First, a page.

But what are we missing when we neglect that uncomfortable line of the Apostles’ Creed? When we neglect it, we miss something comforting about God’s judgment, something integral to the gospel storyline—something we don’t want to miss.
Rejoicing in Judgment
Though the entire tide of our culture is turning toward a type of pluralism that would deny the reality of (and even the need for) divine justice, there are solid, biblical reasons for maintaining our belief in the traditional Christian understanding of final judgment:
Judgment is good news. Once we understand God’s judgment as putting an end to all that is wrong with the world (war, famine, disease, and so on), then we can understand why even the apostle Paul viewed judgment as part of his gospel (Rom. 2:15-16). Without judgment, the gospel fails to deal with the problem of evil and the detrimental way that we humans treat each other—and, by extension, God. Take away the notion of judgment, and you rob Christianity of any hope of satisfying our longing for justice, a longing built into us by our just and wise God.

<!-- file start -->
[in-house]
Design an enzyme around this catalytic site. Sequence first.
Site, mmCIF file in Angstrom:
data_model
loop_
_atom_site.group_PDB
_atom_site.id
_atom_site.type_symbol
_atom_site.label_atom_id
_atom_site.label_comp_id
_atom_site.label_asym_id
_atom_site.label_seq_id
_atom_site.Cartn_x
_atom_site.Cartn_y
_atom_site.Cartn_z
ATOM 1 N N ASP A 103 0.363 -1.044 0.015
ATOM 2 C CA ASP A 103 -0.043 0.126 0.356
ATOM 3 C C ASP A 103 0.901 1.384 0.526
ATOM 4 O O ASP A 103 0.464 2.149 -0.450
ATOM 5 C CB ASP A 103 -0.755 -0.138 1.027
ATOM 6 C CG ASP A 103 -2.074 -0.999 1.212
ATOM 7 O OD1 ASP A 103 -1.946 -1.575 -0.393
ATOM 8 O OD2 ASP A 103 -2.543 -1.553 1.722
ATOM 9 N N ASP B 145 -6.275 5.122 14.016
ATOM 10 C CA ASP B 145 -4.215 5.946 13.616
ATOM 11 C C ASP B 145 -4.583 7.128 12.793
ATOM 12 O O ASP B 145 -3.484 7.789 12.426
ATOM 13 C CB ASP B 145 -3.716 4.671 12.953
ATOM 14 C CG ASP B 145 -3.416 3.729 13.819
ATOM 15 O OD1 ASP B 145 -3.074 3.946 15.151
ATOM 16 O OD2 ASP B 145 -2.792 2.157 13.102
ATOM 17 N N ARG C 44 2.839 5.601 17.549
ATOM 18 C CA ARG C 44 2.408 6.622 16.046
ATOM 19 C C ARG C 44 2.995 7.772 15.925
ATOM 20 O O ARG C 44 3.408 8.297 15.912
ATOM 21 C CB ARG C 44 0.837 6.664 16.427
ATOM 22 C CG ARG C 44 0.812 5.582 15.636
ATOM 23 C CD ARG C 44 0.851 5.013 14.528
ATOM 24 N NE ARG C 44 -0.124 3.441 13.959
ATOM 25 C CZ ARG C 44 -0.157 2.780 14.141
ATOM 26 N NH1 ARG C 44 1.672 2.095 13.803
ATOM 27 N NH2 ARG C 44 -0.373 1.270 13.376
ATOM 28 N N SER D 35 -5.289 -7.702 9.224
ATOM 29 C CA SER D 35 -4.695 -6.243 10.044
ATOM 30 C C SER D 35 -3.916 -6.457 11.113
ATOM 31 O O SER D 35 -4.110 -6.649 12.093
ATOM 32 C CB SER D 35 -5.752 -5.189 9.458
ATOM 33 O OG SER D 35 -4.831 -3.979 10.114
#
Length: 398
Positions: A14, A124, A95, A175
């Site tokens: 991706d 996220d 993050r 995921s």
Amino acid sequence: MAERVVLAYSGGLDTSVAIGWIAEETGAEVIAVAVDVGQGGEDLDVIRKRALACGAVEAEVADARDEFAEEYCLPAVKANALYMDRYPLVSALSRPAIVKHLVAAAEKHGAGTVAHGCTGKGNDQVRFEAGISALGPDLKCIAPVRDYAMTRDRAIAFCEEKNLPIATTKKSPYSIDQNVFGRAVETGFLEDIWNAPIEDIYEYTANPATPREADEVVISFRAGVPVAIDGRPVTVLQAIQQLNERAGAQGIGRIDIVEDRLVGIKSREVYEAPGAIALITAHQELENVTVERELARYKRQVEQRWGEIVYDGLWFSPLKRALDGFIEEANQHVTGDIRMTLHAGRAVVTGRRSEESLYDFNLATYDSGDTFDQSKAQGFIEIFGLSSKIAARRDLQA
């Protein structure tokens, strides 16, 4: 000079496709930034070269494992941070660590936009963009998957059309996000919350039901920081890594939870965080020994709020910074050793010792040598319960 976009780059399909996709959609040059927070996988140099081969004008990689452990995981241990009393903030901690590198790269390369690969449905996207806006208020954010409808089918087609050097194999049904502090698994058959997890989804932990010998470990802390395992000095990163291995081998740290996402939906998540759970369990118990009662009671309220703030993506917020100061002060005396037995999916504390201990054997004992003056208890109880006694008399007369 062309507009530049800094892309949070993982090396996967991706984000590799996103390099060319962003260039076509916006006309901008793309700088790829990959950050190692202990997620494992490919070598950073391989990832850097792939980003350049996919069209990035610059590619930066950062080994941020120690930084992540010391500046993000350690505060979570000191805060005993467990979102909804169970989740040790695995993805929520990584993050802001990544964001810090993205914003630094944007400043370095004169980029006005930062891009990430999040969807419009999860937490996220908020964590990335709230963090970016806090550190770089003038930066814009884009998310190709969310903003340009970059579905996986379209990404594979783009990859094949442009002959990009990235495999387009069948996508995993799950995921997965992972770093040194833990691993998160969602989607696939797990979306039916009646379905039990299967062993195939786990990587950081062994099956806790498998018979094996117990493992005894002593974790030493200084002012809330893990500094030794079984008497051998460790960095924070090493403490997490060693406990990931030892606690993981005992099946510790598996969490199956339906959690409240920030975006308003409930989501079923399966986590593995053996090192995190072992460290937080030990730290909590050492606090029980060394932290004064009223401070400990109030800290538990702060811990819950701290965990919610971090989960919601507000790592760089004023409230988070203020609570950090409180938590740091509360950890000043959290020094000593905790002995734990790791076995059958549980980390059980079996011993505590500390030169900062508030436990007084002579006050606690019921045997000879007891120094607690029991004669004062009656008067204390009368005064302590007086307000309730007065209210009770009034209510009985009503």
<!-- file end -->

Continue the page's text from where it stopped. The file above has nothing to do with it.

Judgment demonstrates the holy love of God. God is not a bipolar deity, one side wrathful and angry, the other loving and merciful. Love is his essential attribute, but this love is not like the sentimental love we think of today. God’s love is holy. It is jealous. The wrath of God is based in his love. He is angry because he is love. He looks at the world and sees the trafficking of innocent children, the destructive use of drugs, the genocidal atrocities in Africa, the terrorist attacks that keep people in perpetual fear, and he—out of love for the creation that reflects him as Creator—is rightfully and gloriously angry. The idea of biblical judgment not only assures us of future justice; it also gives us a clearer picture of the love of God.